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Table of Contents

Australian Meteorology through the 20th Century


The Origins of Australian Meteorology

Meteorology in the 20th Century
The Forecast for the First Parliament
The Meteorology Act 1906
The Birth of the Bureau
The Early Years
Meteorological Services for Civil Aviation
Meteorology at the Universities
The RAAF Meteorological Service
CSIR Meteorological Physics
The Meteorology Act 1955
Flood Warning
Long-range Forecasting
World Meteorological Centre, Melbourne
Regional Forecasting Centres
Global Weather Experiment
Research in the Bureau
Committees of Inquiry

The Weather and Climate of the Twentieth Century

The Great Weather and Climate Events of the Twentieth Century

A Century of Progress in Science and Service


Australian Meteorological Milestones of the 20th Century



Contact us

The RAAF Meteorological Service

With the outbreak of World War II, the Bureau of Meteorology passed from the Department of the Interior to the Department of Air in July 1940, with responsibility for providing all meteorological services needed by the defence forces while still continuing to meet civil requirements.

From April 1941 to July 1946, most of the staff of the Bureau served in uniform throughout Australia and the islands as members of the RAAF Directorate of Meteorological Services under the leadership of Group Captain H. N. Warren. Many of the leaders of the civilian Bureau over the following thirty years were first recruited as forecasters during the period of rapid expansion which followed the outbreak of the war. Whether as members of Mobile Met Flights in Timor, New Guinea, Borneo, Malaysia or the New Hebrides, on station around Australia or, later in the war, at Allied Headquarters in Brisbane, the staff of 'The Met' distinguished themselves through their rapid mastery of the challenges of forecasting in the tropics and provision of outstanding weather support for allied operations (Gibbs 1999). In the words of the War Report of the Chief of Air Staff, 'The Met earned and retained the confidence of Allied operational commanders and of associated Allied weather organisations'.

Former RAAF Meteorological Service members

Figure 4 Former members of the RAAF Meteorological Service gather together in Melbourne in August 1995, fifty years after the end of the war.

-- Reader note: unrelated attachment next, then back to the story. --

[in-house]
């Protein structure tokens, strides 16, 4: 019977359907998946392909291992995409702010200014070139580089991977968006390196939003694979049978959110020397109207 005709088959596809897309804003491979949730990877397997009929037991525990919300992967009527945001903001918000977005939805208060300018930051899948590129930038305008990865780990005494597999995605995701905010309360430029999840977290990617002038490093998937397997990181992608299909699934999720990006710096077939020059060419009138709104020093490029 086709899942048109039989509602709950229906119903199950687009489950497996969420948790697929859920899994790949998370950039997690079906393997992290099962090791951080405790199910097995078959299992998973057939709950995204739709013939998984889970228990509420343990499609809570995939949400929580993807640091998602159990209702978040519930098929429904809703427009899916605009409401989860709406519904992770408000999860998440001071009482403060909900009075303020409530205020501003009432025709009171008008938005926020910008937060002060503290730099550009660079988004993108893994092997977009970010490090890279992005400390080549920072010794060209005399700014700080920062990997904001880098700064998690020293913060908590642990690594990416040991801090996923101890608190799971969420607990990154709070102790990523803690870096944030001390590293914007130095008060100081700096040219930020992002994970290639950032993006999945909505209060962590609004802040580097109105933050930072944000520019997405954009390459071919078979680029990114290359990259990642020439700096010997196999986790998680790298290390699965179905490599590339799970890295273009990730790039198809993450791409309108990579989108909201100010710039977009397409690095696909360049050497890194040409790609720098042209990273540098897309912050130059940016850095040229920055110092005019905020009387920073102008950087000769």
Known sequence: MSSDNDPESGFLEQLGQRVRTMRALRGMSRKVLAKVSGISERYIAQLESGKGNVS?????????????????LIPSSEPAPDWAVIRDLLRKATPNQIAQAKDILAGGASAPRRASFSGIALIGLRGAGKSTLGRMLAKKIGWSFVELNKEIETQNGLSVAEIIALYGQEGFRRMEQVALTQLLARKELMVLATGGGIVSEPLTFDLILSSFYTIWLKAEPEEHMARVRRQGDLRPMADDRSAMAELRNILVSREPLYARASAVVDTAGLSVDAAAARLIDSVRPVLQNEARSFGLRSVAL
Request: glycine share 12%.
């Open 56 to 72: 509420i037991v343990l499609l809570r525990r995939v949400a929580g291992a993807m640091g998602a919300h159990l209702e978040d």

CSIR Meteorological Physics

The 1945 decision of the CSIR (Council for Scientific and Industrial Research), now CSIRO, to establish a Section for Meteorological Physics to carry out fundamental studies of atmospheric processes was to have a profound impact on the development of Australian meteorology (Garratt et al. 1998). Located at Aspendale, Victoria, under the leadership of Dr C. H. B. Priestley AO from the UK Meteorological Office, the CSIRO Section (later Division) of Meteorological Physics (now CSIRO Atmospheric Research) went on to become a world leader in atmospheric boundary-layer processes, micrometeorology and atmospheric chemistry. Throughout its history, it has had just three Chiefs—Priestley (1946–73), Dr G. B. Tucker (1973–92) and Dr G. I. Pearman AM (1992–). At various stages, it has been involved in co-sponsorship of joint research centres with the Bureau, including the Commonwealth Meteorology Research Centre (CMRC) from 1969 to 1974 and the Australian Numerical Meteorology Research Centre (ANMRC) from 1974 to 1984. The two organisations joined together again in the 1990s as partners in a Cooperative Research Centre for Southern Hemisphere Meteorology located at Monash University.

Organisations in Australian Science at Work - Australian Numerical Meteorology Research Centre; Commonwealth Meteorology Research Centre; Cooperative Research Centre for Southern Hemisphere Meteorology; Directorate of Meteorological Services (D.Met.S); Division of Meteorological Physics

People in Bright Sparcs - Priestley, Charles Henry Brian (Bill); Tucker, Gilbert Brian; Warren, Herbert Norman

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© Online Edition Australian Science and Technology Heritage Centre and Bureau of Meteorology 2001
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